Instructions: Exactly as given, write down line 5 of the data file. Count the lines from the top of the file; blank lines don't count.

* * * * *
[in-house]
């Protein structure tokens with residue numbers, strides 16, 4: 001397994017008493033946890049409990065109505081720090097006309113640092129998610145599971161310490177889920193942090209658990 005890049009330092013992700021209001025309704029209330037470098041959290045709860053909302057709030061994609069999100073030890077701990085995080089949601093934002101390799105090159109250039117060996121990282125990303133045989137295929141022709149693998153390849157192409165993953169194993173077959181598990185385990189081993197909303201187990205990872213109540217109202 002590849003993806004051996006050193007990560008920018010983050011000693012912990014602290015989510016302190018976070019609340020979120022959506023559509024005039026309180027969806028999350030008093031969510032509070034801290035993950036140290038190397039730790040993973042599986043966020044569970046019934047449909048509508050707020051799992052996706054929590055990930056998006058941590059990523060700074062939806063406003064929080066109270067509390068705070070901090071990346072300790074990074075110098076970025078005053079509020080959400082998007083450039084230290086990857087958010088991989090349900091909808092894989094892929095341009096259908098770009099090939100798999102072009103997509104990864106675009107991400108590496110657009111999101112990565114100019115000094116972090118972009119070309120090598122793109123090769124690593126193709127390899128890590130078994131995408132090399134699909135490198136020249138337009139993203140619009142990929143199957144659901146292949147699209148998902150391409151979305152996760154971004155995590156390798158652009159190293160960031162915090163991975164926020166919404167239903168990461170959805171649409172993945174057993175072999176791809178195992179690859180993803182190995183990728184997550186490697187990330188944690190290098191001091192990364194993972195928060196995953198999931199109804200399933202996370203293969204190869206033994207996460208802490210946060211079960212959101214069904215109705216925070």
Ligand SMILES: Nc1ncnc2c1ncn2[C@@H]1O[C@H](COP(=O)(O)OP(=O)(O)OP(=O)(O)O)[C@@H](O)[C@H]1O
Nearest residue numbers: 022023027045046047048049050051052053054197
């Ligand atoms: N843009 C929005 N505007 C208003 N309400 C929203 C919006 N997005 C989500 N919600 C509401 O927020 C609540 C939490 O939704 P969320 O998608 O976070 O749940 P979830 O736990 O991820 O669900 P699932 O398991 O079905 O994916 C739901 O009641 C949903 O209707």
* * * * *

């Ligand atoms: N843009 C929005 N505007 C208003 N309400 C929203 C919006 N997005 C989500 N919600 C509401 O927020 C609540 C939490 O939704 P969320 O998608 O976070 O749940 P979830 O736990 O991820 O669900 P699932 O398991 O079905 O994916 C739901 O009641 C949903 O209707």